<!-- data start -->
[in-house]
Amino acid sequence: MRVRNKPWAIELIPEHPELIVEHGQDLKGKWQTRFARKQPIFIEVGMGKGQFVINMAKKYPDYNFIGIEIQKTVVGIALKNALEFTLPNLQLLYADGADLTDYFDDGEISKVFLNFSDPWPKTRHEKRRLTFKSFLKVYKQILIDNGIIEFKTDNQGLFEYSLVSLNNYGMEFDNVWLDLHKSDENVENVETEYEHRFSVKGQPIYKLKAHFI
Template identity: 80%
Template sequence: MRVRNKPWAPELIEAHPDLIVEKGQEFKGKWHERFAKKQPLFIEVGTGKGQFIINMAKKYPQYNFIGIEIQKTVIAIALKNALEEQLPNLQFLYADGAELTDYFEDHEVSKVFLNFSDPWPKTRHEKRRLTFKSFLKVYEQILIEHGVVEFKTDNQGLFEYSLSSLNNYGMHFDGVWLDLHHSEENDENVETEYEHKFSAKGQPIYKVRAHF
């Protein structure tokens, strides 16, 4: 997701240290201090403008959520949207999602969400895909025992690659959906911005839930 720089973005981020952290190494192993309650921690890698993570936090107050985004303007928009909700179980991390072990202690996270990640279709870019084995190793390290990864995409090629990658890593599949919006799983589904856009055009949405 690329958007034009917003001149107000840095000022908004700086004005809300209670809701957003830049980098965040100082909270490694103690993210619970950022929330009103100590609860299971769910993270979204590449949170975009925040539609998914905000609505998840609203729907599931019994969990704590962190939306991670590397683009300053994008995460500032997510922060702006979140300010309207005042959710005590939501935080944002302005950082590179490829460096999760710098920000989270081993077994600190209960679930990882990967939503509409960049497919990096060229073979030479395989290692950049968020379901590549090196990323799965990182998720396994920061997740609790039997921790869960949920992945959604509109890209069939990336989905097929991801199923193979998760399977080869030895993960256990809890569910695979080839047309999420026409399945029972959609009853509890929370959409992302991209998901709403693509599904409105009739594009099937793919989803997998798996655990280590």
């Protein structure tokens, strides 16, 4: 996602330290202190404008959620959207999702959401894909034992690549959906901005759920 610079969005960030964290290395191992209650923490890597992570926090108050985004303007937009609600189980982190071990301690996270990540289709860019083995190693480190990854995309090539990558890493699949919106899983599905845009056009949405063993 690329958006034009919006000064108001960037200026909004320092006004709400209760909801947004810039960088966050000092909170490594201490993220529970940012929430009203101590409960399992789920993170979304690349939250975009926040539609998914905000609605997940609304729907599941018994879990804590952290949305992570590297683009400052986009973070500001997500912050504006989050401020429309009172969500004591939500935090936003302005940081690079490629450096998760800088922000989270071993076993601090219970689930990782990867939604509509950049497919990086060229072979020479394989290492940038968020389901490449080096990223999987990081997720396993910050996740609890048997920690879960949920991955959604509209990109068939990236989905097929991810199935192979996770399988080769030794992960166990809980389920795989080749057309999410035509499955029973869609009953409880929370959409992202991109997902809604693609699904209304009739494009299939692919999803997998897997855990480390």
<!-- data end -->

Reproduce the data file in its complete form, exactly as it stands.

[in-house]
Amino acid sequence: MRVRNKPWAIELIPEHPELIVEHGQDLKGKWQTRFARKQPIFIEVGMGKGQFVINMAKKYPDYNFIGIEIQKTVVGIALKNALEFTLPNLQLLYADGADLTDYFDDGEISKVFLNFSDPWPKTRHEKRRLTFKSFLKVYKQILIDNGIIEFKTDNQGLFEYSLVSLNNYGMEFDNVWLDLHKSDENVENVETEYEHRFSVKGQPIYKLKAHFI
Template identity: 80%
Template sequence: MRVRNKPWAPELIEAHPDLIVEKGQEFKGKWHERFAKKQPLFIEVGTGKGQFIINMAKKYPQYNFIGIEIQKTVIAIALKNALEEQLPNLQFLYADGAELTDYFEDHEVSKVFLNFSDPWPKTRHEKRRLTFKSFLKVYEQILIEHGVVEFKTDNQGLFEYSLSSLNNYGMHFDGVWLDLHHSEENDENVETEYEHKFSAKGQPIYKVRAHF
């Protein structure tokens, strides 16, 4: 997701240290201090403008959520949207999602969400895909025992690659959906911005839930 720089973005981020952290190494192993309650921690890698993570936090107050985004303007928009909700179980991390072990202690996270990640279709870019084995190793390290990864995409090629990658890593599949919006799983589904856009055009949405 690329958007034009917003001149107000840095000022908004700086004005809300209670809701957003830049980098965040100082909270490694103690993210619970950022929330009103100590609860299971769910993270979204590449949170975009925040539609998914905000609505998840609203729907599931019994969990704590962190939306991670590397683009300053994008995460500032997510922060702006979140300010309207005042959710005590939501935080944002302005950082590179490829460096999760710098920000989270081993077994600190209960679930990882990967939503509409960049497919990096060229073979030479395989290692950049968020379901590549090196990323799965990182998720396994920061997740609790039997921790869960949920992945959604509109890209069939990336989905097929991801199923193979998760399977080869030895993960256990809890569910695979080839047309999420026409399945029972959609009853509890929370959409992302991209998901709403693509599904409105009739594009099937793919989803997998798996655990280590």
């Protein structure tokens, strides 16, 4: 996602330290202190404008959620959207999702959401894909034992690549959906901005759920 610079969005960030964290290395191992209650923490890597992570926090108050985004303007937009609600189980982190071990301690996270990540289709860019083995190693480190990854995309090539990558890493699949919106899983599905845009056009949405063993 690329958006034009919006000064108001960037200026909004320092006004709400209760909801947004810039960088966050000092909170490594201490993220529970940012929430009203101590409960399992789920993170979304690349939250975009926040539609998914905000609605997940609304729907599941018994879990804590952290949305992570590297683009400052986009973070500001997500912050504006989050401020429309009172969500004591939500935090936003302005940081690079490629450096998760800088922000989270071993076993601090219970689930990782990867939604509509950049497919990086060229072979020479394989290492940038968020389901490449080096990223999987990081997720396993910050996740609890048997920690879960949920991955959604509209990109068939990236989905097929991810199935192979996770399988080769030794992960166990809980389920795989080749057309999410035509499955029973869609009953409880929370959409992202991109997902809604693609699904209304009739494009299939692919999803997998897997855990480390």